The ESCRT machinery mediates reverse membrane scission. By quantitative fluorescence lattice light-sheet microscopy, we have shown that ESCRT-III subunits polymerize rapidly on yeast endosomes, together with the recruitment of at least two Vps4 hexamers. During their 3-45 s lifetimes, the ESCRT-III assemblies accumulated 75-200 Snf7 and 15-50 Vps24 molecules. Productive budding events required at least two additional Vps4 hexamers. Membrane budding was associated with continuous, stochastic exchange of Vps4 and ESCRT-III components, rather than steady growth of fixed assemblies, and depended on Vps4 ATPase activity. An all-or-none step led to final release of ESCRT-III and Vps4. Tomographic electron microscopy demonstrated that acute disruption of Vps4 recruitment stalled membrane budding. We propose a model in which multiple Vps4 hexamers (four or more) draw together several ESCRT-III filaments. This process induces cargo crowding and inward membrane buckling, followed by constriction of the nascent bud neck and ultimately ILV generation by vesicle fission.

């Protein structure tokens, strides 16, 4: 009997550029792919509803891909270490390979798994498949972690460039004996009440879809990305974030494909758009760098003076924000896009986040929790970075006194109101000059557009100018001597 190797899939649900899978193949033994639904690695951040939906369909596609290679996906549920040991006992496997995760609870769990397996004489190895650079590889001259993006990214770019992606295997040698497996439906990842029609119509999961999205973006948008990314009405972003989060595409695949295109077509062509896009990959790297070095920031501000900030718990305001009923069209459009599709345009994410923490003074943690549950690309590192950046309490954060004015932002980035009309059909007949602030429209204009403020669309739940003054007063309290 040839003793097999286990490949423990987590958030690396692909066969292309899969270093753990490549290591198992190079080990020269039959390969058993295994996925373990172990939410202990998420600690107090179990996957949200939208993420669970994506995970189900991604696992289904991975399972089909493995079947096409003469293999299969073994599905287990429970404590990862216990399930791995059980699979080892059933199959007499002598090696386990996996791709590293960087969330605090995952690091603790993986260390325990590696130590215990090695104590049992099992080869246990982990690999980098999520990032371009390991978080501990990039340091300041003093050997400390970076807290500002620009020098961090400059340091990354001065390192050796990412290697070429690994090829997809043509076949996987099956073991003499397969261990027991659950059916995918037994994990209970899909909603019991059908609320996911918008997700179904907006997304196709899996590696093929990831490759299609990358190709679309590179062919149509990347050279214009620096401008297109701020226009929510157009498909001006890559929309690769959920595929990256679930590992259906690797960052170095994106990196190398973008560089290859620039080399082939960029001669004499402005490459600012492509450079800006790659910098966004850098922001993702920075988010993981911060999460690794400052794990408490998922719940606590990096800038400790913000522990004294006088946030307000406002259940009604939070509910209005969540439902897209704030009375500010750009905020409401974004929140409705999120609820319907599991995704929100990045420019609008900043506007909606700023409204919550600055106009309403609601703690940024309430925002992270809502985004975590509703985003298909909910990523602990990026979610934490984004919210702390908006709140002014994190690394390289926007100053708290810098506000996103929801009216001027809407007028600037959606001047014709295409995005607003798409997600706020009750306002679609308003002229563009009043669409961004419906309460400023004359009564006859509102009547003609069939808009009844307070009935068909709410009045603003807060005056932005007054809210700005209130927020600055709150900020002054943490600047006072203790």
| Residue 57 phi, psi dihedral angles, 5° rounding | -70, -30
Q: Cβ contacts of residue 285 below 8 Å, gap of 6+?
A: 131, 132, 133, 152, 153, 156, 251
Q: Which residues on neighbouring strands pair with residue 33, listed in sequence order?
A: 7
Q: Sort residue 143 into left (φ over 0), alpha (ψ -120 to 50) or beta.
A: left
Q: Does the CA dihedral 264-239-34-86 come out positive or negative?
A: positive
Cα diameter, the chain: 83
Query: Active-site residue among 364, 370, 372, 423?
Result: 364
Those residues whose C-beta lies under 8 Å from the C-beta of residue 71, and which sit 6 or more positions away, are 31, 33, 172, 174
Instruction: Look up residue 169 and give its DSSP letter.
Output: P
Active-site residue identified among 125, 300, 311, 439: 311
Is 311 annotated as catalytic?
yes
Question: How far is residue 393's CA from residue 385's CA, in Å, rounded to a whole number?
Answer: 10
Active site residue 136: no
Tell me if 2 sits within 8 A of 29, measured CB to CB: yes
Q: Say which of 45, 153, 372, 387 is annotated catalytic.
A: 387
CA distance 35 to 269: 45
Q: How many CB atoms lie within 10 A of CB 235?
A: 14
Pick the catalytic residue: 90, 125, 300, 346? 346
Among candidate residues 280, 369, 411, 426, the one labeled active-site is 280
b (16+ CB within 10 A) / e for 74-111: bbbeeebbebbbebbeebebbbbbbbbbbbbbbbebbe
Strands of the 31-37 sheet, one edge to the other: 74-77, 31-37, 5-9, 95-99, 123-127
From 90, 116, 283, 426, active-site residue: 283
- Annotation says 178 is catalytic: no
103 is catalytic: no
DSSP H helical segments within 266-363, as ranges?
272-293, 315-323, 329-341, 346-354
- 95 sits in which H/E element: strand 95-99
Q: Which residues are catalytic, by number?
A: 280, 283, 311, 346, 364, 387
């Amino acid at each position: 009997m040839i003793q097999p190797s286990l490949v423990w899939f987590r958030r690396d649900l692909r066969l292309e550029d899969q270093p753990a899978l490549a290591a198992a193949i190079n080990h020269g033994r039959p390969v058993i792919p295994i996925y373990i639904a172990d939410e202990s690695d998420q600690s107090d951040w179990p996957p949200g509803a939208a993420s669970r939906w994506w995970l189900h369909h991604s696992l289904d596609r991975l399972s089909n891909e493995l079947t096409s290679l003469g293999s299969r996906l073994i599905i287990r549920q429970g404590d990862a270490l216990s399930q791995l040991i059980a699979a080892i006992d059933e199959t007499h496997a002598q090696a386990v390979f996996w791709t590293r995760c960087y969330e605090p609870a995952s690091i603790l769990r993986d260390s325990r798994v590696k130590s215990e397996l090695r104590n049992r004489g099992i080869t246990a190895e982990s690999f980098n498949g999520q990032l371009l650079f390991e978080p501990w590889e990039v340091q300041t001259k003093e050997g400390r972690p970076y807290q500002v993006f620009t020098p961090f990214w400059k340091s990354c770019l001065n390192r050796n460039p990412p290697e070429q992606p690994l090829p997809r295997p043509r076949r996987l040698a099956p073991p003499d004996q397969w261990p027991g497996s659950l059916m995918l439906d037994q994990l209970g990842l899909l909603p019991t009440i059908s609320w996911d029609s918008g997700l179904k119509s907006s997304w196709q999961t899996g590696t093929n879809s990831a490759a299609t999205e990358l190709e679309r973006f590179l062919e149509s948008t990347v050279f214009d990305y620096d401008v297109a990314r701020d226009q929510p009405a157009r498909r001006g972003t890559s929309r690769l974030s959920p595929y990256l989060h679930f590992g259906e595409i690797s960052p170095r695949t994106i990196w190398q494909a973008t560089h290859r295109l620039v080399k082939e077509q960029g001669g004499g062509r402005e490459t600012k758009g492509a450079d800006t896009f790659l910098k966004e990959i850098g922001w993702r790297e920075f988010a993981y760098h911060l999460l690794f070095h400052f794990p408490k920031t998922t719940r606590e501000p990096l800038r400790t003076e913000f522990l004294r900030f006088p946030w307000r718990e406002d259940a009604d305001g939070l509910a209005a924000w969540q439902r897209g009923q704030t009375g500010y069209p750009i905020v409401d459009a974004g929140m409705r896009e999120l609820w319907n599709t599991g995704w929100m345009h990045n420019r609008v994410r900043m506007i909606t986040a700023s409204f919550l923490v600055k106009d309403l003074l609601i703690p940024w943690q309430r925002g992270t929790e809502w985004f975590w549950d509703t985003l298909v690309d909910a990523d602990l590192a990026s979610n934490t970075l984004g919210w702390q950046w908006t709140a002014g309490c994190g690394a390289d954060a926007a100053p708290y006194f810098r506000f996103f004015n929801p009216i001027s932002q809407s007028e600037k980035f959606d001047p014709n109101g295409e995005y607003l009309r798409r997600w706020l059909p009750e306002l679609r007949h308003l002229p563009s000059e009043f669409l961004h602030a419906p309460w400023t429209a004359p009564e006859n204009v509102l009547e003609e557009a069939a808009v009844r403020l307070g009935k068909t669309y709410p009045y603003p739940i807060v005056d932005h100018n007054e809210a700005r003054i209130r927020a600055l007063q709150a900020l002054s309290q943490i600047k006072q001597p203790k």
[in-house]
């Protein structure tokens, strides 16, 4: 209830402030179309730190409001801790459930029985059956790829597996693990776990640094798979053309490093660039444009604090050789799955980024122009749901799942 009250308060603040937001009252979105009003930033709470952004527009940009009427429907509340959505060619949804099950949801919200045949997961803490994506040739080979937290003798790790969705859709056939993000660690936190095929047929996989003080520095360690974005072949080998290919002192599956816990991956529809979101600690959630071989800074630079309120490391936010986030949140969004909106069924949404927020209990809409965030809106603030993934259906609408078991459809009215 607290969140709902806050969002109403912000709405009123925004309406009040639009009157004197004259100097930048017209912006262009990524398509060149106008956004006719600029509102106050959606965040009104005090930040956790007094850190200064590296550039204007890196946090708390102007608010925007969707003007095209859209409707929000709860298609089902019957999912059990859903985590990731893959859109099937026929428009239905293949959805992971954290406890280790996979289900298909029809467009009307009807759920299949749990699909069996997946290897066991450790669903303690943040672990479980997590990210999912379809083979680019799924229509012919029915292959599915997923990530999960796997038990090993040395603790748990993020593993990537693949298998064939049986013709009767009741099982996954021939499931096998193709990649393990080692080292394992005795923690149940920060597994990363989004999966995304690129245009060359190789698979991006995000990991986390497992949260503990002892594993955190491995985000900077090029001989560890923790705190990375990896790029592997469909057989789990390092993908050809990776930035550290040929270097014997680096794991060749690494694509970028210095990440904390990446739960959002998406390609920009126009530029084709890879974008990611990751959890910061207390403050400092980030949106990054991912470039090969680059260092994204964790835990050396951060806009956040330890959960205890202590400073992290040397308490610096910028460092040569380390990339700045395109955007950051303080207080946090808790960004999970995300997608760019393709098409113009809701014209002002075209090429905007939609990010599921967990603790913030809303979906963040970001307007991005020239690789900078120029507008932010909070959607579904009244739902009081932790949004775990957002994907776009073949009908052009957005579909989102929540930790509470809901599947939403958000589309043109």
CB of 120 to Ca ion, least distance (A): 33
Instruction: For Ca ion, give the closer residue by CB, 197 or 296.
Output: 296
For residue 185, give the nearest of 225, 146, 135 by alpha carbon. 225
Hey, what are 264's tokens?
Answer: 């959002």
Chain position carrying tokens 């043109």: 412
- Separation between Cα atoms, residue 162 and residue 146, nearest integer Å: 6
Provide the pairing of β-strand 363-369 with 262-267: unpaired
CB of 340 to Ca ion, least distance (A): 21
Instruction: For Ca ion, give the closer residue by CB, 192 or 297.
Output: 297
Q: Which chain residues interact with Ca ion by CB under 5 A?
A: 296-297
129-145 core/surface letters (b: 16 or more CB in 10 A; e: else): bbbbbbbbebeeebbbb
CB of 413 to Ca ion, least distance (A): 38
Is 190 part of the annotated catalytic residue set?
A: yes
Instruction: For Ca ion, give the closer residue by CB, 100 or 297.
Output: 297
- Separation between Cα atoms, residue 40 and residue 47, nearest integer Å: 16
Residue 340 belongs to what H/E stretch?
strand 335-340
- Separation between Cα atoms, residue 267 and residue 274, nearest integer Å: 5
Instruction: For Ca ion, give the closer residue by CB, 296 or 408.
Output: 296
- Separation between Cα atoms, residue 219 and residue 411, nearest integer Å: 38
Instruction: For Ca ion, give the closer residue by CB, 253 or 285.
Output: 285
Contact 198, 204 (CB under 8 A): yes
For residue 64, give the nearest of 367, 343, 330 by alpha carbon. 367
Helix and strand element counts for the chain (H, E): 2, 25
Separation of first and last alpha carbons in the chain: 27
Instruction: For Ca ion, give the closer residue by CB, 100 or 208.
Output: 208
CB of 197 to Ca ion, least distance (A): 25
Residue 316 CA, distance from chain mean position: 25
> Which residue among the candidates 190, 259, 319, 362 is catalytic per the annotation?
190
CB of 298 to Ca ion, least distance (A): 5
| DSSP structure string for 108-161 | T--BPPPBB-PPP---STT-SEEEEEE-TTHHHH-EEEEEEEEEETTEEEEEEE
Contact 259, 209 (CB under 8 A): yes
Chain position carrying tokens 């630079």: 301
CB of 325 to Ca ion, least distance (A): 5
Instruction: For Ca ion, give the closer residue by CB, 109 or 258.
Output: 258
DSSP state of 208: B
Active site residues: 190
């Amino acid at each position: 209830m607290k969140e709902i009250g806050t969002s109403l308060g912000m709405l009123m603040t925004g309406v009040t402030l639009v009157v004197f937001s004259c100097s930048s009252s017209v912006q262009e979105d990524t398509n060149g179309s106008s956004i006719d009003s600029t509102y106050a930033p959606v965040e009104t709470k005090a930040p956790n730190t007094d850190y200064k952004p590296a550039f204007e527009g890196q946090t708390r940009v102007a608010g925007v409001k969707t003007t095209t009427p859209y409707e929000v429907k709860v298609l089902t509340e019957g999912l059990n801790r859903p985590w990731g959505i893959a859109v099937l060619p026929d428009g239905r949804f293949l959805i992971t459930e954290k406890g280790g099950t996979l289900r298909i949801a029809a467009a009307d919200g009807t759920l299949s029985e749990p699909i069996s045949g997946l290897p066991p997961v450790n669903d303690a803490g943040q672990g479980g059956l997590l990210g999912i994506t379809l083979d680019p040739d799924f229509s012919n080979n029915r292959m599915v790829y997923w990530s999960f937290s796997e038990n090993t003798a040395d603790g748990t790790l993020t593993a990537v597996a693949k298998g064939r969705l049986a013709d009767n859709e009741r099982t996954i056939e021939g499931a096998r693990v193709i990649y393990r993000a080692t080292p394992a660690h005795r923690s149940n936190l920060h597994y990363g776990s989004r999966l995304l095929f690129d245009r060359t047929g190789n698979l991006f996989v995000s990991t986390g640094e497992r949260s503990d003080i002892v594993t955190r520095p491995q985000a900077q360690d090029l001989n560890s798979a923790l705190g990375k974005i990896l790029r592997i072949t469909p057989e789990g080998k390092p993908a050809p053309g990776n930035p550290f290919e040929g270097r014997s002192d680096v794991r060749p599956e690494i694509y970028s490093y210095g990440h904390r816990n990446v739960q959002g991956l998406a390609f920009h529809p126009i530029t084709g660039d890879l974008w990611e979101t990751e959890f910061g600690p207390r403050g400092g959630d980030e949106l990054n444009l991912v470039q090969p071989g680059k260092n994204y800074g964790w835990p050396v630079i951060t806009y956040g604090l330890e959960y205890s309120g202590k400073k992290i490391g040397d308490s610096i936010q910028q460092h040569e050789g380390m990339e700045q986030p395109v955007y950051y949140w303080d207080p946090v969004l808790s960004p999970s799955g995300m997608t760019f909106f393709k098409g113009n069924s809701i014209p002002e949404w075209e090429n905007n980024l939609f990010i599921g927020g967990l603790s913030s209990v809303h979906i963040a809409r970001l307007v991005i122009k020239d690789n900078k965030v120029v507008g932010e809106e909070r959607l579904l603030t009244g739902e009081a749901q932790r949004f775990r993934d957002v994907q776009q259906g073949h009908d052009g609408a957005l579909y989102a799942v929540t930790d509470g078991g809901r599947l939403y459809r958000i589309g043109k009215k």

Keywords: 3D tracking; ESCRT; S. cerevisiae; cell biology; electron tomography; endosomes; high pressure freeze substitution; lattice light sheet microscopy; membrane budding.